Just look at the conceptual abortion that is the new retweet functionality: everyone in their right mind hates it, but few of us can quite explain why. Let me try. When someone retweeted under the old system, it was the equivalent of standing at the cocktail party and saying to our friends “oh, Dave said something interesting the other day…” and then going on to quote Dave, along with our own comments on what Dave had to say. The quoting of Dave was contextual and appropriate.

By contrast, the new retweet function is the equivalent of us snapping our fingers and making Dave himself suddenly appear in the middle of the party. And, then, without so much as an introduction, Dave starts talking. No context, no invitation – just some crazy dude called Dave talking at us, at our own party.

Adding sponsored tweets will have an even more poisonous effect on the party. There we are, listening to a friend talking about the weather or sports and suddenly – boom – he’s trying to sell us a personalised pack of M&Ms. It doesn’t matter if he explains that he’s been paid by the company to promote their products – the fact is, there’s some dickhead at a party trying to sell us M&Ms. He’s even more unwelcome than Dave.

One of the most popular ideas amongst social marketers is the idea that we will listen to commercial endorsements from our friends because we trust them. Thus, by putting brands into our friends’ mouths, we will somehow trust those brands more by extension. Not for the first time, the marketers have got it backwards. The reason we trust our friends so strongly is precisely because we know that their opinions are not commercially motivated. The moment that ceases to be the case – or we even suspect that it has ceased to be the case – the bond of trust between friends is destroyed. The cocktail party is ruined, society crumbles, the apes take over the world.

Separating the ads from the conversation might be a less egregious solution but it doesn’t alter the fact that our words are triggering the appearance of commercial messages on the walls of a party. Inevitably marketers will try to further affect these messages by paying commission to popular tweeters, and the less principled of our friends will sign up to whichever ad networks provide the best incentives for monetizing their updates. From then on they’ll be constantly wondering if there’s a way to wedge in a brand, or a product that could bring them a few cents into their tweets. Even if they think they’re just making pocket money from the things they’d talk about anyway, their conversations will become inevitably altered by the presence of commercial influences.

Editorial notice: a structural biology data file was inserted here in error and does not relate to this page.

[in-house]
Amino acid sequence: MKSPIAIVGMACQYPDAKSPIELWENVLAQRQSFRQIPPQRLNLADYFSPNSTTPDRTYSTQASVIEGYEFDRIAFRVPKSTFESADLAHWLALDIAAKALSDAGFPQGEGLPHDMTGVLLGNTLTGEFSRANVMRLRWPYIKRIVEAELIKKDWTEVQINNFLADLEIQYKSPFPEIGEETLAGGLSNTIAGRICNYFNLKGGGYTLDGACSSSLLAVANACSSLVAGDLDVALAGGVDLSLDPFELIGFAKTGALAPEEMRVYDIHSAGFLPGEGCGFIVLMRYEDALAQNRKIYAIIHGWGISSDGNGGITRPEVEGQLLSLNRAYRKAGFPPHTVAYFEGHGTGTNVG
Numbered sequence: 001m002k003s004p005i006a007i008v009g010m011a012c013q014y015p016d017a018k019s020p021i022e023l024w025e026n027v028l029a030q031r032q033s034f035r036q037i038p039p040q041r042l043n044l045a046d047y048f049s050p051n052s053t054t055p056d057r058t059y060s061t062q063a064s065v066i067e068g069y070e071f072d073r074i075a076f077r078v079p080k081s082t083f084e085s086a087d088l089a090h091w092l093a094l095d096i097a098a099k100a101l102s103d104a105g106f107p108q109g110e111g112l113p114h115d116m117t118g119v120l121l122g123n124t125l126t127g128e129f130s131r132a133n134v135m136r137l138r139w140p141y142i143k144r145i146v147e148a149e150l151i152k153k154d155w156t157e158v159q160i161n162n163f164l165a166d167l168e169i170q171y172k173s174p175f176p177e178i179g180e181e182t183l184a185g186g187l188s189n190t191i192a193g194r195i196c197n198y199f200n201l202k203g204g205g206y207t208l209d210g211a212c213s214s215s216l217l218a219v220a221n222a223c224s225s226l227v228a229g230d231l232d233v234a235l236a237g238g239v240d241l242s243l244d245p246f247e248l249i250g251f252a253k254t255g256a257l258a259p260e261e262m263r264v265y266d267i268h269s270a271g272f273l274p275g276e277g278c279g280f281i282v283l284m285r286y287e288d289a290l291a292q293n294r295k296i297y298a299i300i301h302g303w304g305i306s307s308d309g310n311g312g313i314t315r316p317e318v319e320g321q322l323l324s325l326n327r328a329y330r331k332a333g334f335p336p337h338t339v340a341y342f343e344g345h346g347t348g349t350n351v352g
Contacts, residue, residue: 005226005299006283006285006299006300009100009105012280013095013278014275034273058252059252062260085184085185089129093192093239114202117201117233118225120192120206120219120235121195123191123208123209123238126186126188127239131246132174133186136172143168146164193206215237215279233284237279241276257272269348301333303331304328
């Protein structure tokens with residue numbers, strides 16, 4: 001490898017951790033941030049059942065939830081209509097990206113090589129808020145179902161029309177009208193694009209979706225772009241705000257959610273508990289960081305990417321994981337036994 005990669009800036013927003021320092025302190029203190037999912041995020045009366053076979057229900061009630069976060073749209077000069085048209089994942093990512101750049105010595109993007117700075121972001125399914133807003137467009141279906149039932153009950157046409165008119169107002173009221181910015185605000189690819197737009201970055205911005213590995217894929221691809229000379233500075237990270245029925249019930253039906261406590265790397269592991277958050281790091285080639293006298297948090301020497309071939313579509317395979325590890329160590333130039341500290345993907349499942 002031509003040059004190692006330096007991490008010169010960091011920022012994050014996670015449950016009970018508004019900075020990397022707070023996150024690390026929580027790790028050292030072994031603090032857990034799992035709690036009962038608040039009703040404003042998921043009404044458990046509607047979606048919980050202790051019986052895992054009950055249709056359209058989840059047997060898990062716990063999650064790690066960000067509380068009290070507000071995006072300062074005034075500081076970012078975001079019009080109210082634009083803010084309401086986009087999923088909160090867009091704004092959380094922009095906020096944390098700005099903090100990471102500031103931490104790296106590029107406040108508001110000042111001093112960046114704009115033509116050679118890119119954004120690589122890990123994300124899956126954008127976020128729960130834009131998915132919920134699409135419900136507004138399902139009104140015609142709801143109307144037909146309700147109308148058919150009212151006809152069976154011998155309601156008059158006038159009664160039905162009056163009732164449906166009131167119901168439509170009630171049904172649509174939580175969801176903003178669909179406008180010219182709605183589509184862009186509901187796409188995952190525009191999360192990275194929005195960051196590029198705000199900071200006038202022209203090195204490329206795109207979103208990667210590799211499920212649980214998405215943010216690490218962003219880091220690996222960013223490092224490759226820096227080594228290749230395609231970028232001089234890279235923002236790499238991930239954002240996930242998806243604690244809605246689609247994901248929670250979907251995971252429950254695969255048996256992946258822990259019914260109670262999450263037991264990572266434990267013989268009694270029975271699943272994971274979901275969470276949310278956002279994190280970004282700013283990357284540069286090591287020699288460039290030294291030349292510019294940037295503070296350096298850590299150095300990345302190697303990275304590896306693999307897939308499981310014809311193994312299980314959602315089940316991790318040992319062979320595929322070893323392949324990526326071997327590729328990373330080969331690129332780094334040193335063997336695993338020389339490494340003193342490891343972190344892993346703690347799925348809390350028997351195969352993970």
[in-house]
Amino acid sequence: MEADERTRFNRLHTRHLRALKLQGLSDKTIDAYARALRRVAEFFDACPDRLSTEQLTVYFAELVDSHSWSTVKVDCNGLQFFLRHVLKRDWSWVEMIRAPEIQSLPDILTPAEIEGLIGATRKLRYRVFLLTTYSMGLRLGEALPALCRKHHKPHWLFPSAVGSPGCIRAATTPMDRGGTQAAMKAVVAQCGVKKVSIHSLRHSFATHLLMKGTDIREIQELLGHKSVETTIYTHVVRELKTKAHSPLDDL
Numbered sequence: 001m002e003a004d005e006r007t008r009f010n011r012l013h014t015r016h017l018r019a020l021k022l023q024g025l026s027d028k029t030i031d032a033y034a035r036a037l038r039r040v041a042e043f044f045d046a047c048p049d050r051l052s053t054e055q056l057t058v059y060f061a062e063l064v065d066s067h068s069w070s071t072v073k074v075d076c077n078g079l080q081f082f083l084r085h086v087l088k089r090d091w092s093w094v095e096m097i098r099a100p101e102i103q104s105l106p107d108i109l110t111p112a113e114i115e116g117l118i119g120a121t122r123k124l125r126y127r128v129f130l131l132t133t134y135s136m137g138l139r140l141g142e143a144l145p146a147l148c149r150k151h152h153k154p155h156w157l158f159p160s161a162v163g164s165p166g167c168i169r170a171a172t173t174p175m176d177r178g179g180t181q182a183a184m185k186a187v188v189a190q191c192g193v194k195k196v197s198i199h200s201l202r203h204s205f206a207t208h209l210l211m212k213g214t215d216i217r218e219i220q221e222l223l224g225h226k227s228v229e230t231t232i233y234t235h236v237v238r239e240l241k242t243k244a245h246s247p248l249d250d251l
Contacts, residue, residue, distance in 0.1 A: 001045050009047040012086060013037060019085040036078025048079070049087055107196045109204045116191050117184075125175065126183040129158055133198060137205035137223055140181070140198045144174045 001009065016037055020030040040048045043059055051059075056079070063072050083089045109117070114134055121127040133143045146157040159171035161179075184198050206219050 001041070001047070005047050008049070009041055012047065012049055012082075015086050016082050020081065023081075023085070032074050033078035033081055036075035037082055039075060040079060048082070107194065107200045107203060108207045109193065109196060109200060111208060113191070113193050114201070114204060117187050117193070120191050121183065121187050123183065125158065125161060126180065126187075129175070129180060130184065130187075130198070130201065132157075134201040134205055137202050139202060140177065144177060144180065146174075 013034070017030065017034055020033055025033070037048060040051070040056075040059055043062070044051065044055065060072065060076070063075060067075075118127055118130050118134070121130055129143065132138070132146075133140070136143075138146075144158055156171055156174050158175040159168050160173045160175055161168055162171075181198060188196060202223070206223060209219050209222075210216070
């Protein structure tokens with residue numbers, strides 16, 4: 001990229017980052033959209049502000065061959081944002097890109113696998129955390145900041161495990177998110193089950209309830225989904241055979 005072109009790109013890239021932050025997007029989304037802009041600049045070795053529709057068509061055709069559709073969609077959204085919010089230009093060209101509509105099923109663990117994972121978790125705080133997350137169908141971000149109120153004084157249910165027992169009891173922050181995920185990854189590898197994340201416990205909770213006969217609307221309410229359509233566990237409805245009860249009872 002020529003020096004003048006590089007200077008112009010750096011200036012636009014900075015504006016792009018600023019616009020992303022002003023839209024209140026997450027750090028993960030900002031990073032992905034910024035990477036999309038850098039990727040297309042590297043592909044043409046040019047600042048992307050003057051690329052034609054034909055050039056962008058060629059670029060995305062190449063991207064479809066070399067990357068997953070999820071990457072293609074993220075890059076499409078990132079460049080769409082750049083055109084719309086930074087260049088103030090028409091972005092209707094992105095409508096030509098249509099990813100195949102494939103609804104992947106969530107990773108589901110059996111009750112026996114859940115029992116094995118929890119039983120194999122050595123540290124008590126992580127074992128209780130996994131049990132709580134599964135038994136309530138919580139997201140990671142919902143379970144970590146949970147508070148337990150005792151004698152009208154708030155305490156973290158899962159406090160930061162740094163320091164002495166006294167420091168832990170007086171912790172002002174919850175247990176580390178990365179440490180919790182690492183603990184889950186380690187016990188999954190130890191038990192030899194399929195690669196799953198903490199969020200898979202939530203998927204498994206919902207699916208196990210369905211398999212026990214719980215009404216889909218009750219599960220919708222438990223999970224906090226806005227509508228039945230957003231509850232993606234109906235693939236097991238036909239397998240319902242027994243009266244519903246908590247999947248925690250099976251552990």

Meantime, the anti-commercial-minded amongst us will resist this new development by avoiding using certain brand names in our conversations, knowing that they are simply giving an excuse for those brands to make money from our friends. Instead of Starbucks and McDonalds, we’ll be sure to criticize S*arbucks and McD%nalds so as to deprive them of the click-throughs. And yet by the simple conscious act of avoiding commercial pressures, we’re forced to consider them – and so the spontaneity and purity of the conversation is destroyed. Either way, the cocktail party is ruined, society crumbles, the apes take over the world.

Our blogs are already affiliated-linked up to the eyeballs, our TV shows are product-placed to hell, radio has succumbed to payola, even our schools are brought to you by the letters COCA COL and A. Human conversation is the last area of communication to hold out against the relentless march of commercialisation and it’s our duty, as humans, to make sure it stays that way. So, screw consensus. And shame on me for starting to lean towards it yesterday. Give me ad-free conversation, or give me death.

(Please retweet.)